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Thread: Comparison of Bb vs C tuning

  1. #1
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    Default Comparison of Bb vs C tuning

    https://youtu.be/upU3FABl5v4

    I would be interested to know which sound you prefer on this Tenor Ukulele.
    Clive

  2. #2
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    West Midlands GB
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    Default

    Both sound pleasant, but for me the lower tuning is preferable.

    John Colter.

  3. #3
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    Feb 2017
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    I prefer the Bb, but I am biased because my tenors are tuned even lower. One is tuned to D and the other to E. I like to do that because of the tension more than the actual sound.

  4. #4
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    JoCo, NC (near Raleigh)
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    From this side of the screen, I think they sound about equally good, though I tend to like my tenors in Bb or A for reentrant tuning.
    Ukulele:
    Iriguchi Tenor "Weeble" - A, WoU Clarity
    Blue Star 19" baritone Konablaster - DGBE
    Cocobolo 16" SC#1-gCEA, SC SLMU
    Ono #42 19" baritone, Ab, LW
    Imua iET-Bb, M600
    Covered Bridge CLN pineapple - Eb cuatro, SC XLL
    Rogue bari
    Bonanza super tenor, cFAD SC LHU
    Kala KSLNG, Eb SC XLU
    Flea soprano, C LW
    Hanson 5-string tenor, dGCEA
    Bonanza SLN GCEA
    Bonanzalele concert
    Guitars:
    Jupiter #47, G, TI CF127

    !Flukutronic!

  5. #5
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    May 2015
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    Wiltshire, UK
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    Default

    Bb sounds much better to me. I think I've developed a phobia for C tuning though.

  6. #6
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    Feb 2019
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    San Francisco Bay Area
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    I also would pick Bb if I had to choose, though both sounded nice. Lovely playing, and nice uke too.
    Kala KA-TE tenor uke (currently tuned re-entrant gCEA)
    Kala APB-CTG baritone uke (currently tuned DGBE)
    Ohana BK-35CG baritone uke (currently tuned low-octave ADF#B)
    Various guitars, banjos, and basses

  7. #7
    Join Date
    Nov 2011
    Location
    Ma., Ga., Fl.
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    For me, C tuning is the Moonbirds sweet spot

  8. #8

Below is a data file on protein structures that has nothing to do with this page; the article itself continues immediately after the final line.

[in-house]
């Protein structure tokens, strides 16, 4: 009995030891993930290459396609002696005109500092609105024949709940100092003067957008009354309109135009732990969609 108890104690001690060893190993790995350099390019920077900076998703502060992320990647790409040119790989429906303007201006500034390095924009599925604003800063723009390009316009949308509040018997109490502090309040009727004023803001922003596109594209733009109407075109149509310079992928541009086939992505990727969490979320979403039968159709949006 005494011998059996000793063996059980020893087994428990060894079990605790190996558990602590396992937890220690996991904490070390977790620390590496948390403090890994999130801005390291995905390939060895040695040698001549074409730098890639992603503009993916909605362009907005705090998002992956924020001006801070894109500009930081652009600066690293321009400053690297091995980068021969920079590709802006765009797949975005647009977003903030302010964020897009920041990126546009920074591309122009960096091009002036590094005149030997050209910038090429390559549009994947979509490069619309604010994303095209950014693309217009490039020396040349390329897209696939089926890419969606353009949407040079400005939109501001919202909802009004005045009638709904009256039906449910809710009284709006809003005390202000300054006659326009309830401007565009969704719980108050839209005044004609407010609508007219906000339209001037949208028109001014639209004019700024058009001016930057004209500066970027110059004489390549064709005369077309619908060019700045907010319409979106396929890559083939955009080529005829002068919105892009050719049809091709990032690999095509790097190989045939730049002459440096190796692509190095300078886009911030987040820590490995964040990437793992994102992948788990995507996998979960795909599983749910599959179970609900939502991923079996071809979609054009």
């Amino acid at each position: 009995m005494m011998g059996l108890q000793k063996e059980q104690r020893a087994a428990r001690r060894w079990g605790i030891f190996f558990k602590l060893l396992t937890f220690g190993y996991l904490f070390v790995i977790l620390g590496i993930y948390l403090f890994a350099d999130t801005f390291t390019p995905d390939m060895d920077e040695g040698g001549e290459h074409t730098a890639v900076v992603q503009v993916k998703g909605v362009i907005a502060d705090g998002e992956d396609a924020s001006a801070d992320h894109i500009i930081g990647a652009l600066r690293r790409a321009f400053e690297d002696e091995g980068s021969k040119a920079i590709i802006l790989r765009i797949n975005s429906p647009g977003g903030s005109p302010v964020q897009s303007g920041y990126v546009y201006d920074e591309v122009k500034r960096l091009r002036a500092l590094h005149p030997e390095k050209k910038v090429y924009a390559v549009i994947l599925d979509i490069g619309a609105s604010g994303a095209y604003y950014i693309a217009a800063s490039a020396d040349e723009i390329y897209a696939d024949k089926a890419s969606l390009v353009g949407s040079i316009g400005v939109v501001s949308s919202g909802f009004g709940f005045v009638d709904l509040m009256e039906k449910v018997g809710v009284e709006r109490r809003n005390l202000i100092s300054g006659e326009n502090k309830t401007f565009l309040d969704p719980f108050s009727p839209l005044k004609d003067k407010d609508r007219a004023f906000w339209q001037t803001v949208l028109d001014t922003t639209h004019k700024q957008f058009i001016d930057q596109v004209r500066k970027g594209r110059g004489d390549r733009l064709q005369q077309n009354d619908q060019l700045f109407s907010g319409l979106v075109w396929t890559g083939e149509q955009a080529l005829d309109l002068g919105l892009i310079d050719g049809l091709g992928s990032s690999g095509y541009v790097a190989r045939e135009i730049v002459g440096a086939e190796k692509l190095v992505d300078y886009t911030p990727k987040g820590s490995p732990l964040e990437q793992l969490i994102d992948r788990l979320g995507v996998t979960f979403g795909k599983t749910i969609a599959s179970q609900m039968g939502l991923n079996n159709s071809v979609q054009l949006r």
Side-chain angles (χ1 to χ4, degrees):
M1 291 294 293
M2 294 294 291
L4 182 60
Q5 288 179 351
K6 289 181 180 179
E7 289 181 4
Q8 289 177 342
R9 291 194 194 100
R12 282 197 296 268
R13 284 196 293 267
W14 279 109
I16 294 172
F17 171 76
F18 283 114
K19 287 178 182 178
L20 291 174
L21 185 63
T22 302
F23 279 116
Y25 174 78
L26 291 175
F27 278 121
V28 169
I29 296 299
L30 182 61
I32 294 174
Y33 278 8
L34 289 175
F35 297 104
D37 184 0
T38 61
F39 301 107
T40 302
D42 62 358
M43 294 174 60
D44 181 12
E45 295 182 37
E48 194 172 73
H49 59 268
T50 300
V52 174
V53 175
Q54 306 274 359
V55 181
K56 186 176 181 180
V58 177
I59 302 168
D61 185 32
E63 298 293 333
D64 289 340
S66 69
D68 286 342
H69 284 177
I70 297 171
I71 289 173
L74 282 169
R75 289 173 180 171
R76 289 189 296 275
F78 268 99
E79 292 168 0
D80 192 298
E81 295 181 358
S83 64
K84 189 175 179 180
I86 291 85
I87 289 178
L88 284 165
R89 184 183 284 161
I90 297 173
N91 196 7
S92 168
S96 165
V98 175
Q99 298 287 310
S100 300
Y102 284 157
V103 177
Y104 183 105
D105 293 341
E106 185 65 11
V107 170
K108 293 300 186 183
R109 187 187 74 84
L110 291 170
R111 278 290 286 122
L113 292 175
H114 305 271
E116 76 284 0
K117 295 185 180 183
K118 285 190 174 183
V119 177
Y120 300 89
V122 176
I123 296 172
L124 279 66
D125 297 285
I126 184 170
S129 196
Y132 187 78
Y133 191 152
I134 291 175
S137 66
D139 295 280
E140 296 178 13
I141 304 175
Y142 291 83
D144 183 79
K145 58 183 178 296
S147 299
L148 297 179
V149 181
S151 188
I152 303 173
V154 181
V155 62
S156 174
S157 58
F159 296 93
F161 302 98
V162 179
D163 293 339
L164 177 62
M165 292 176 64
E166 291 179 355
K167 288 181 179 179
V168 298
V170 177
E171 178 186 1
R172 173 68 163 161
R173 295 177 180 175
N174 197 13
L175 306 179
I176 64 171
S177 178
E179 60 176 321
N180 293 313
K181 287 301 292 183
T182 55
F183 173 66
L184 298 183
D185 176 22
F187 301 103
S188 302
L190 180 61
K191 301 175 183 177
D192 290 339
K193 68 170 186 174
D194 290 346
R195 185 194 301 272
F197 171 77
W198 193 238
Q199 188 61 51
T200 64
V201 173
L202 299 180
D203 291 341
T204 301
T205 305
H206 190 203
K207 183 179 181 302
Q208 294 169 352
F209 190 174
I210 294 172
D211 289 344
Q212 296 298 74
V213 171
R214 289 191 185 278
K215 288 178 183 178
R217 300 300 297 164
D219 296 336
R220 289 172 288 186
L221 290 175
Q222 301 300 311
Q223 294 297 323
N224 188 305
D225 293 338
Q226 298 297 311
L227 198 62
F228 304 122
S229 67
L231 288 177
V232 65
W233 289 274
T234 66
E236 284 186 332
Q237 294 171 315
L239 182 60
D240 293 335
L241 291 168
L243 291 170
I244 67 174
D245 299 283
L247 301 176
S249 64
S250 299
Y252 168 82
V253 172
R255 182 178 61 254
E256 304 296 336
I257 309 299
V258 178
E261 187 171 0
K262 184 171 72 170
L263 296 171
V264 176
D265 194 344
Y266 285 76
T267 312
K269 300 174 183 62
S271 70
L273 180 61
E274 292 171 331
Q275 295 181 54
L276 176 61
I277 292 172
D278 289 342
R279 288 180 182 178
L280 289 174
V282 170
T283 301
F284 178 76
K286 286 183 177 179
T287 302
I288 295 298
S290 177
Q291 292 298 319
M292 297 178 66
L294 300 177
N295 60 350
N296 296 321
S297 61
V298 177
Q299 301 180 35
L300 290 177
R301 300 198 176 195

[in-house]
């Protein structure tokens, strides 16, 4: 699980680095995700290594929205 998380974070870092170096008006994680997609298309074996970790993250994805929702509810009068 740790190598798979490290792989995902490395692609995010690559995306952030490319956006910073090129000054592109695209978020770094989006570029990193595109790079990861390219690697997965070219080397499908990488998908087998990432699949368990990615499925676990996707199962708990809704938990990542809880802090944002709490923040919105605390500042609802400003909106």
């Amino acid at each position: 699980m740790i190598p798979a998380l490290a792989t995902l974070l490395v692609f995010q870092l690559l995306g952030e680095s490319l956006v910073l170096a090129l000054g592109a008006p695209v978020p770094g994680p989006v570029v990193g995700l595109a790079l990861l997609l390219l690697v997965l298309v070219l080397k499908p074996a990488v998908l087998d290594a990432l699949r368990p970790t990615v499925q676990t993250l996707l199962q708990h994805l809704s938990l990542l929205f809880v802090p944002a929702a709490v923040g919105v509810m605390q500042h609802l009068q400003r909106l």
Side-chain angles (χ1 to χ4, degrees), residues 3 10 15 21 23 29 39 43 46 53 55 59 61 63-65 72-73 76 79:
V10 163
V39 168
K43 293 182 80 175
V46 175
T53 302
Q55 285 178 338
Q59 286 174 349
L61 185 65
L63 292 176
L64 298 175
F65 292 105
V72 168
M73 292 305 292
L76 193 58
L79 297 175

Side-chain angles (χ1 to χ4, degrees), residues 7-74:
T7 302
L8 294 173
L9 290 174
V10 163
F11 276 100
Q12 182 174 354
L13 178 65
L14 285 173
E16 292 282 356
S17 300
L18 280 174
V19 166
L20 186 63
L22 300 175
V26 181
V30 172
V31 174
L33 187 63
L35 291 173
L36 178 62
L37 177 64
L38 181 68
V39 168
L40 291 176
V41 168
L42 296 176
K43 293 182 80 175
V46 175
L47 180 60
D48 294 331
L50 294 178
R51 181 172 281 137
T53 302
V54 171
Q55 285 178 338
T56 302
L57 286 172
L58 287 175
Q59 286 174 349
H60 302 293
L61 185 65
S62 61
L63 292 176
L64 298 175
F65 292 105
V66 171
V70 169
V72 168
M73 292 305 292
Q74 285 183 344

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    I'm still trying to understand chord shapes etc, so If you tuned the uke down a half step like that does that mean you you fret a C chord on the 4th fret of the A string instead of the 3rd? I'm still having a problem with clean barring on the first fret, so then to get a c# I'd have to barre on first fret and then stretch all the way down to 5th fret? I'm probably overthinking it, but I'm trying to figure it out. Thanks.

  9. #9
    Join Date
    Jan 2016
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    Quote Originally Posted by captain-janeway View Post
    I'm still trying to understand chord shapes etc, so If you tuned the uke down a half step like that does that mean you you fret a C chord on the 4th fret of the A string instead of the 3rd? I'm still having a problem with clean barring on the first fret, so then to get a c# I'd have to barre on first fret and then stretch all the way down to 5th fret? I'm probably overthinking it, but I'm trying to figure it out. Thanks.
    Hey Captain,

    1) Bb tuning is actually 2 half steps down from C.
    2) With Bb tuning, the way you would play a C chord would be to play the shape for a D chord.
    3) If the uke was tuned 1 half step lower than standard (i.e. B tuning) you would play the shape for a C# chord.

    I hope that helps.

  10. #10
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    Mission Viejo, CA
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    Quote Originally Posted by captain-janeway View Post
    I'm still trying to understand chord shapes etc, so If you tuned the uke down a half step like that does that mean you you fret a C chord on the 4th fret of the A string instead of the 3rd? I'm still having a problem with clean barring on the first fret, so then to get a c# I'd have to barre on first fret and then stretch all the way down to 5th fret? I'm probably overthinking it, but I'm trying to figure it out. Thanks.
    Yes. If you tune to B, a C chord is played 1114. If you tune to Bb to play a C chord you use a D shape, (2220), or 2225 if you want to understand the theory. For every half step lower you need to play a half step higher to compensate. If you tune a full step lower (Bb) some chords can be played using the next higher chord... D for C, E for D, G for F. But where there is only a half step between whole notes E and F, you need to play F# for E. This is much much easier to understand on a piano (black and white keys).

    If you use a capo you can place it on the first fret for B tuning, or the second fret for Bb tuning and play the normal chord shapes using the capo position as the ukulele nut.

    John
    Last edited by 70sSanO; 08-12-2019 at 01:12 PM.

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